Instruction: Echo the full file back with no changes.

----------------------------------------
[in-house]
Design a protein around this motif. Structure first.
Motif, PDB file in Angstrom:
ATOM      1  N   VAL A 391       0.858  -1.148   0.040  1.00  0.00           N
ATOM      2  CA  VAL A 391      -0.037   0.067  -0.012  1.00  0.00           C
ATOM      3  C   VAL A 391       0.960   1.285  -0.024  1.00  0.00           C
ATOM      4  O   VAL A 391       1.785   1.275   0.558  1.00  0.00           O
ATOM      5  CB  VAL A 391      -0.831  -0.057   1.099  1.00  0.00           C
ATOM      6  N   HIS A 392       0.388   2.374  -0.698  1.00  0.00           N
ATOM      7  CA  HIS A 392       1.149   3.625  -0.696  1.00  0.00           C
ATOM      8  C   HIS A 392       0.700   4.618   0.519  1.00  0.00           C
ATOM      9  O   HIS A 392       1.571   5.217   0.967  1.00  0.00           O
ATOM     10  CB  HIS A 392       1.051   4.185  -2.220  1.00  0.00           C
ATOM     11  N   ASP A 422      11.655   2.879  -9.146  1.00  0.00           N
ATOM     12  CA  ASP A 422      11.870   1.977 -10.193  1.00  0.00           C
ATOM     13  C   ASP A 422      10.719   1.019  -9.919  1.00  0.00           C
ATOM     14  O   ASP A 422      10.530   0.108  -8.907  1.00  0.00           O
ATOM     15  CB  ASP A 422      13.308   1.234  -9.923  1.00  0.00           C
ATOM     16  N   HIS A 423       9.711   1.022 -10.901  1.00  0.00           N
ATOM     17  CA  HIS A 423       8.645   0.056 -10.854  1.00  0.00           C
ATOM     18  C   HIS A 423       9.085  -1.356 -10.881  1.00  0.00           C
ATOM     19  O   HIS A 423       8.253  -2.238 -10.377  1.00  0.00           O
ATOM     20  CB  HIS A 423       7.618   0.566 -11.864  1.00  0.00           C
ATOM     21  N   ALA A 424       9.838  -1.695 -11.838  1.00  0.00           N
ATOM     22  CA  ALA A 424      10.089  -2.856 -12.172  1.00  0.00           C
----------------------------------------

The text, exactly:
[in-house]
Design a protein around this motif. Structure first.
Motif, PDB file in Angstrom:
ATOM      1  N   VAL A 391       0.858  -1.148   0.040  1.00  0.00           N
ATOM      2  CA  VAL A 391      -0.037   0.067  -0.012  1.00  0.00           C
ATOM      3  C   VAL A 391       0.960   1.285  -0.024  1.00  0.00           C
ATOM      4  O   VAL A 391       1.785   1.275   0.558  1.00  0.00           O
ATOM      5  CB  VAL A 391      -0.831  -0.057   1.099  1.00  0.00           C
ATOM      6  N   HIS A 392       0.388   2.374  -0.698  1.00  0.00           N
ATOM      7  CA  HIS A 392       1.149   3.625  -0.696  1.00  0.00           C
ATOM      8  C   HIS A 392       0.700   4.618   0.519  1.00  0.00           C
ATOM      9  O   HIS A 392       1.571   5.217   0.967  1.00  0.00           O
ATOM     10  CB  HIS A 392       1.051   4.185  -2.220  1.00  0.00           C
ATOM     11  N   ASP A 422      11.655   2.879  -9.146  1.00  0.00           N
ATOM     12  CA  ASP A 422      11.870   1.977 -10.193  1.00  0.00           C
ATOM     13  C   ASP A 422      10.719   1.019  -9.919  1.00  0.00           C
ATOM     14  O   ASP A 422      10.530   0.108  -8.907  1.00  0.00           O
ATOM     15  CB  ASP A 422      13.308   1.234  -9.923  1.00  0.00           C
ATOM     16  N   HIS A 423       9.711   1.022 -10.901  1.00  0.00           N
ATOM     17  CA  HIS A 423       8.645   0.056 -10.854  1.00  0.00           C
ATOM     18  C   HIS A 423       9.085  -1.356 -10.881  1.00  0.00           C
ATOM     19  O   HIS A 423       8.253  -2.238 -10.377  1.00  0.00           O
ATOM     20  CB  HIS A 423       7.618   0.566 -11.864  1.00  0.00           C
ATOM     21  N   ALA A 424       9.838  -1.695 -11.838  1.00  0.00           N
ATOM     22  CA  ALA A 424      10.089  -2.856 -12.172  1.00  0.00           C